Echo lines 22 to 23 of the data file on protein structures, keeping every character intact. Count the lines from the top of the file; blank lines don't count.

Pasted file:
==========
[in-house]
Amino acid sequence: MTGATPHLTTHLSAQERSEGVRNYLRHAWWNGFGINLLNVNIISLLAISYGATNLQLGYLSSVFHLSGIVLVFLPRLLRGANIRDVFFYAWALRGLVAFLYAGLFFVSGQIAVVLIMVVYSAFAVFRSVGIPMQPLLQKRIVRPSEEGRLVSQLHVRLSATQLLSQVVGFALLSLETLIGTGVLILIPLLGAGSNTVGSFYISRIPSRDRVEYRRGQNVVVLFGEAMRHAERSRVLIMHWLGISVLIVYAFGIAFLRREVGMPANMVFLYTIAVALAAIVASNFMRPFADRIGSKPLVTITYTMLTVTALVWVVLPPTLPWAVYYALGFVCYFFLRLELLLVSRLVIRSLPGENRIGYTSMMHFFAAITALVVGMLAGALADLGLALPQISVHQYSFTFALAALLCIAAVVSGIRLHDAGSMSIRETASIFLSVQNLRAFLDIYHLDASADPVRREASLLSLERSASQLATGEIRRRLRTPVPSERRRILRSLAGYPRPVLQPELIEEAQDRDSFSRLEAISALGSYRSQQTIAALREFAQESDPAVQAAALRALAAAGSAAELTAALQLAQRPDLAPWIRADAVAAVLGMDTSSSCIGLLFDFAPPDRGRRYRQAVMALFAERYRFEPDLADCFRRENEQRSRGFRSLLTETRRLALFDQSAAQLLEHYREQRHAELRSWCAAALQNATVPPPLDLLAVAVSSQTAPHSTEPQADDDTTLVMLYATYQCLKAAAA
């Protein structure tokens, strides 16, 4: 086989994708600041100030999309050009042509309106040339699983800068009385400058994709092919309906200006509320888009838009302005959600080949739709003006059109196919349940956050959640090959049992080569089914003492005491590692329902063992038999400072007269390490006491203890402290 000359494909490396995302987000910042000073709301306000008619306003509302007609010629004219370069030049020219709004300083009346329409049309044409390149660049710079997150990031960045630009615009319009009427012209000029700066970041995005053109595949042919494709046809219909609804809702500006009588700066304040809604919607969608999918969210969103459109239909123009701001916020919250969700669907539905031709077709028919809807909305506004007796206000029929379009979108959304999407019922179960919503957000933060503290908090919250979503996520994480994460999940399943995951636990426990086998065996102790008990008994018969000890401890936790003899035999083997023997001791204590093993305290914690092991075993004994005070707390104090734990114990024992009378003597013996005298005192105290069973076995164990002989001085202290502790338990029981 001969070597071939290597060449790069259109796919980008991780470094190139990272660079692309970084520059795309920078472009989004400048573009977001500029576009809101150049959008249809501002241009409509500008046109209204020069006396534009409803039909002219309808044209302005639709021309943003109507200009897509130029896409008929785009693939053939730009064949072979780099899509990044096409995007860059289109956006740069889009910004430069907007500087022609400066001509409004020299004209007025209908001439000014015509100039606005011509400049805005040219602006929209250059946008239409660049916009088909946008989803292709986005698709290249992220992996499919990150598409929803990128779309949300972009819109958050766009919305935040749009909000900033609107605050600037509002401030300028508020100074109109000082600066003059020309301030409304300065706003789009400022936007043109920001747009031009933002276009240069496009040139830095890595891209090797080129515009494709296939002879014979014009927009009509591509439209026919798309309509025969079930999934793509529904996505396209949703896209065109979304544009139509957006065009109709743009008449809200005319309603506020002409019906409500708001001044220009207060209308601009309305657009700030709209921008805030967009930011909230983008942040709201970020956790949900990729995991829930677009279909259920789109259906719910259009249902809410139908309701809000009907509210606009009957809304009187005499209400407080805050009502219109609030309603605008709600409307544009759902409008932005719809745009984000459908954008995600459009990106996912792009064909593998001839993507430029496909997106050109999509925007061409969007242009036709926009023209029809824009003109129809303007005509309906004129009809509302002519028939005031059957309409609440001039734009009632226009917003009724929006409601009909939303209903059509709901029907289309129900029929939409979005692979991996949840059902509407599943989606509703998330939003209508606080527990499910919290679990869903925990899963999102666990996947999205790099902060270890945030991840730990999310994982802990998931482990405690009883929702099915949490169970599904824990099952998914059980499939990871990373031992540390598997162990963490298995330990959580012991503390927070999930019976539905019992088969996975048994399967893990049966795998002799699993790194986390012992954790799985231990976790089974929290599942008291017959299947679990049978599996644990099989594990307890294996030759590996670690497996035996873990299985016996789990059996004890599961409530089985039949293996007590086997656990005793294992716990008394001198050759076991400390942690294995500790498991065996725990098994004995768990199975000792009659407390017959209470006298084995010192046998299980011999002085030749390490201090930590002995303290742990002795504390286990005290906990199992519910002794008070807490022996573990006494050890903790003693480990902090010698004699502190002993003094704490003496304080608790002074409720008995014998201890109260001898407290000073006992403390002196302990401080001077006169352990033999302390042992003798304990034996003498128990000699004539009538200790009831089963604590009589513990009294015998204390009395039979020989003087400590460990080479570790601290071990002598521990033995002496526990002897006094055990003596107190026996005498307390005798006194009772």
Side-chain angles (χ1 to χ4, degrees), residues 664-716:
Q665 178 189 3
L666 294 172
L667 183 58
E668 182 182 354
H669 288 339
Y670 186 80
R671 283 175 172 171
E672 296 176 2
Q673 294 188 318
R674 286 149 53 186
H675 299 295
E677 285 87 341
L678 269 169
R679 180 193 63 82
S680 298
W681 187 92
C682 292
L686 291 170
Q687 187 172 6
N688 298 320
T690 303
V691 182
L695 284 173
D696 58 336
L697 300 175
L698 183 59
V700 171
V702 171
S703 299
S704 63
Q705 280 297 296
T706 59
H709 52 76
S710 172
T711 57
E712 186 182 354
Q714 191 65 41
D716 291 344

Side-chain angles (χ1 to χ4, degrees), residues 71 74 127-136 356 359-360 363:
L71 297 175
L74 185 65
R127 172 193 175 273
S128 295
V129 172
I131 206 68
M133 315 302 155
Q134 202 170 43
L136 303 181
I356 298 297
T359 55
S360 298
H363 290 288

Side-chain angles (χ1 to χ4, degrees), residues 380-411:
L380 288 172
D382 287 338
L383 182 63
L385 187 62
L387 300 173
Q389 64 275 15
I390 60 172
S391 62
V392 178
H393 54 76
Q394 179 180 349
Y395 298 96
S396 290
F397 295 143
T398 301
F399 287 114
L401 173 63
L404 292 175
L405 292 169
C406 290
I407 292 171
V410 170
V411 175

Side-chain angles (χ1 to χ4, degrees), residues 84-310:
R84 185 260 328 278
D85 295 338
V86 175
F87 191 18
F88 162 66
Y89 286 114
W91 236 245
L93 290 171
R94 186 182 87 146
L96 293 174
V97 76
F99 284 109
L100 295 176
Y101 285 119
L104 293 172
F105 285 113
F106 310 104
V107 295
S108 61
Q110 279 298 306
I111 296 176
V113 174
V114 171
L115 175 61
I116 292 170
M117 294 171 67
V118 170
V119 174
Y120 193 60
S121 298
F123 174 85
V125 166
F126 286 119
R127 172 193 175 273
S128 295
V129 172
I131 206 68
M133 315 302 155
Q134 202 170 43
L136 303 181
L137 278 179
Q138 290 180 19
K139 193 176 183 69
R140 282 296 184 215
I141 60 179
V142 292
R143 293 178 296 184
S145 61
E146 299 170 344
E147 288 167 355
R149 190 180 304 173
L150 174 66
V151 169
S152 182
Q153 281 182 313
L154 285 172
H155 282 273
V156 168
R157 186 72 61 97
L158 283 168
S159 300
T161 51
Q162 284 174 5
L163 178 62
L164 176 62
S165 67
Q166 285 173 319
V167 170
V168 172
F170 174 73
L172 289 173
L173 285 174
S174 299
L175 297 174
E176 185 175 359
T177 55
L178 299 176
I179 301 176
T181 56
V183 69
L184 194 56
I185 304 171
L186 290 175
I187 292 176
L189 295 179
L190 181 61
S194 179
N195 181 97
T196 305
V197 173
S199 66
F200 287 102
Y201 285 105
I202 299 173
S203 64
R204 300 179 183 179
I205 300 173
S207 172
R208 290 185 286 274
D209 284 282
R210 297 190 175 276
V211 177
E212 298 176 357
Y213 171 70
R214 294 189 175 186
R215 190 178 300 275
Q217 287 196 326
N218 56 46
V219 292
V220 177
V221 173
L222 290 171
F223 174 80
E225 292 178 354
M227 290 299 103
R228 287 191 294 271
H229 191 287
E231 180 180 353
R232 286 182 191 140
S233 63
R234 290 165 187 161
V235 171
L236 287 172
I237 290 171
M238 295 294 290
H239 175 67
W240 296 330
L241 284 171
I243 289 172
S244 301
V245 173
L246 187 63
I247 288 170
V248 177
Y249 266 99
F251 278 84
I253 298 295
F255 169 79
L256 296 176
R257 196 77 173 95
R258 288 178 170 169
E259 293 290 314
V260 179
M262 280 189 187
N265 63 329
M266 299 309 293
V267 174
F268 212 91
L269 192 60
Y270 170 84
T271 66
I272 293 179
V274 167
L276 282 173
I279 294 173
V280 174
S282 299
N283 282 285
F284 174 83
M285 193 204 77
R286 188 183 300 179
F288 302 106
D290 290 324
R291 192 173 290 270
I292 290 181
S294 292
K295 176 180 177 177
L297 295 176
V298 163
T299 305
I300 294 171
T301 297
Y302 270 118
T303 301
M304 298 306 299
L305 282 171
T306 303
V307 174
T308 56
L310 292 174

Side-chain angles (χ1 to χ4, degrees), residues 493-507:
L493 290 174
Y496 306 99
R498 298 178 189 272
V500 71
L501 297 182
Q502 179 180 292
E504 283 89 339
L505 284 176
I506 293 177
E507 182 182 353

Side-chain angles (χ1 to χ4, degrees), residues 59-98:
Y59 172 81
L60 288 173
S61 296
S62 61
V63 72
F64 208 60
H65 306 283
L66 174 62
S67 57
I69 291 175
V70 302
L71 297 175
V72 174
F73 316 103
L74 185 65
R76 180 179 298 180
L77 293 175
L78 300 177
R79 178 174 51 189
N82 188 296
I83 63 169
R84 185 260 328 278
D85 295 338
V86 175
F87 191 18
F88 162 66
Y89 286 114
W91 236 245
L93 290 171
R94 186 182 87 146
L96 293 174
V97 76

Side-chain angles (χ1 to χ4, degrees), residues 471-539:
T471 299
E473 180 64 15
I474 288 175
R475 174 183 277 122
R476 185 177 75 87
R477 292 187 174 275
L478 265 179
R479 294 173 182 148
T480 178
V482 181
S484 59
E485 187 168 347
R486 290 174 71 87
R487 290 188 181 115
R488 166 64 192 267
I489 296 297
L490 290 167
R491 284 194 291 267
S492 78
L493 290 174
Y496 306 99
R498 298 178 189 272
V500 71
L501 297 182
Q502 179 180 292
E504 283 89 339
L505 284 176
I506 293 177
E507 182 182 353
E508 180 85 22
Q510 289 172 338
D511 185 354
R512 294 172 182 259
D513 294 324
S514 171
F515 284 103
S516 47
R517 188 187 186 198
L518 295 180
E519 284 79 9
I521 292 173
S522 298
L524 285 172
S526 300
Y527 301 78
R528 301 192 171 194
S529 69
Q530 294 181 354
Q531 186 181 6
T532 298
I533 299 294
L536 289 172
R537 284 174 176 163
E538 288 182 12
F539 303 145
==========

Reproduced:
L686 291 170
Q687 187 172 6